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The effect of rule changes on match and ball in play time in rugby union.

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In 1999, the International Rugby Board introduced a number of rules to rugby union in order to address perceived problems that were happening in the game (Davies, 1999; Kervin, 1999). These involved the amendment of current rules and the introduction of new facets to the game. The changes were introduced in order to improve safety, increase competition and continuity, which would address criticism from the players, spectators and the media. It is hypothesised that the changes will have a significant effect on the game in terms of match and ball in play time. The paper will investigate the changes that occurred within the game of rugby union over a five year period (1999-2003) and will examine games played in the Six Nations, Tri Nations, European Cup and Super 12 competitions (n=496).

Match time was defined as the time taken to complete the match. The time starts from when the team starting the match kicks off to the time the referee ends the match. Ball in play time was defined as the amount of time the ball is in the possession of any of the players or is in a position where either team can contest the ball. Time when play has been stopped by the referee is considered out of play and does not contribute to ball in play time.

The data were collected using a real-time data capture system, which had been written for the notational analysis of rugby union (Williams, 1998). This software captured a number of game actions as the game progressed in the real time of the game. For the purpose of this study, all games were notated from video, but in a real-time environment. The system was tested for reliability using percentage differences for inter- and intra- operator reliability (Hughes et al., 2002). This scored error percentages of less than 5%, which was considered acceptable given the analytical goals of the study. The data were examined for significant differences using Kruskal-Wallis and was then interrogated further using a post-hoc application of a Mann-Whitney test.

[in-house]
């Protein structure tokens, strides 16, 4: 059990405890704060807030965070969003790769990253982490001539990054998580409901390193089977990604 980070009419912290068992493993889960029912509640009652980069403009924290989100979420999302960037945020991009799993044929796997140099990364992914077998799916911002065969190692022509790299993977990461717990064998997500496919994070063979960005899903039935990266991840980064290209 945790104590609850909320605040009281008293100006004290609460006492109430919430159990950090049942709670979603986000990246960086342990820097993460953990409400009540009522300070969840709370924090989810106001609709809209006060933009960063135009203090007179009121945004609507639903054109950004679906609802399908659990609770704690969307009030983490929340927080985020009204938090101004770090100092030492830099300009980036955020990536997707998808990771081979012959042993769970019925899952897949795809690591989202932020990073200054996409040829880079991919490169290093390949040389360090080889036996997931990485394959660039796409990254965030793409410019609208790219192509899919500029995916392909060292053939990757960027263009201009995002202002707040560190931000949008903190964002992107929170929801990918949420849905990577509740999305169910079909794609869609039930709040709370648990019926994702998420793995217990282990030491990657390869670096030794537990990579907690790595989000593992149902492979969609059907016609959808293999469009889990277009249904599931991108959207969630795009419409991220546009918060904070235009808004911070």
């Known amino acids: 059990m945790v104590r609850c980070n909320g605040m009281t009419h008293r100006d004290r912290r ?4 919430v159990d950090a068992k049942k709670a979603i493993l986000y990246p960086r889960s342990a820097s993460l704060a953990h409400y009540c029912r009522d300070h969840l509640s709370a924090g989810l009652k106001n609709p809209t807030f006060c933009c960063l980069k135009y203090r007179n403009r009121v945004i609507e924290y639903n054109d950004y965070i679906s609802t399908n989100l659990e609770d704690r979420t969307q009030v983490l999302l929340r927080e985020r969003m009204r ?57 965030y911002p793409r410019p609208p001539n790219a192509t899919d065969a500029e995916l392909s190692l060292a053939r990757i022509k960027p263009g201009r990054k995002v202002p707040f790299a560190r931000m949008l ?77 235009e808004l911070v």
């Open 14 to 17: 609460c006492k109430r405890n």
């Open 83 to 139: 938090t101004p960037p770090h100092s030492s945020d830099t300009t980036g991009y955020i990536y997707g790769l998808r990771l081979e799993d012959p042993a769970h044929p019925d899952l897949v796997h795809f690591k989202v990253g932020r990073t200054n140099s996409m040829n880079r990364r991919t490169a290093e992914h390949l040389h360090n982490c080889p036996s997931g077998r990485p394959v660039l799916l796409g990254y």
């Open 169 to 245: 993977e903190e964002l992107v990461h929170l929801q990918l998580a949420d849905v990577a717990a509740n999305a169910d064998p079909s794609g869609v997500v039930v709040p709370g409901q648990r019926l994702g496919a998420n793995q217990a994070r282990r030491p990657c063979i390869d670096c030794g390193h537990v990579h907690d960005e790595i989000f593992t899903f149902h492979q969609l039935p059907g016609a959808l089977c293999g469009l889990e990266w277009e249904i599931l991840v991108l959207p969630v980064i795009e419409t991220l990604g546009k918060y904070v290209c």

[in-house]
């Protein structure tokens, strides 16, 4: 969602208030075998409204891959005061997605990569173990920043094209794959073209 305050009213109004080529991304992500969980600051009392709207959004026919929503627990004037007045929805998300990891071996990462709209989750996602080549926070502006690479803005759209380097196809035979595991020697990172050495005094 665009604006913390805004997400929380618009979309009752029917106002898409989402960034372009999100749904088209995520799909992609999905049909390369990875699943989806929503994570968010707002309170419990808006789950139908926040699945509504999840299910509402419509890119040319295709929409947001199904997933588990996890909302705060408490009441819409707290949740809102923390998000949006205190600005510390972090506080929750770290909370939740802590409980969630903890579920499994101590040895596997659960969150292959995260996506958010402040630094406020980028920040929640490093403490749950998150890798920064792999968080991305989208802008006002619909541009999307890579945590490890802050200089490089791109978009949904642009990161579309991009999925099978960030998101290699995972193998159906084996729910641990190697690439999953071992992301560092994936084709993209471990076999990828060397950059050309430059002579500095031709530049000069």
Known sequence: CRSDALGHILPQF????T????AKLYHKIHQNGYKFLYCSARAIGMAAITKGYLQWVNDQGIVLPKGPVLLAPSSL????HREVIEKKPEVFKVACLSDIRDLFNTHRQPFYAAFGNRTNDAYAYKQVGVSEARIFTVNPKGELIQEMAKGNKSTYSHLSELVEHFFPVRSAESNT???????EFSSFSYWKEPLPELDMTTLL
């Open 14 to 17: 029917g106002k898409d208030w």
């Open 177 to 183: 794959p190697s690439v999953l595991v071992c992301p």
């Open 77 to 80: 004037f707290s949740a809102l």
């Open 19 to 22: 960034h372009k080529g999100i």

The study found that both match and ball in play time increased significantly. It is suggested that this was largely due to the changes in the rules that were introduced over the period of the research. Differences were found between groups of games, especially between the Northern and Southern Hemisphere teams with regards to the ball in play time. This would indicate that the rule changes have had a more positive effect in the Northern Hemisphere. In addition to differences between groups, it was found that the increase in ball in play time and continuity may have contributed to an increase in the match time. More continuity may mean more action and more injuries, which in turn increased the match time. This may need further investigation in order to correlate the number of injuries and game time.


Document Type: Research Article

Publication date: 2005-12-01

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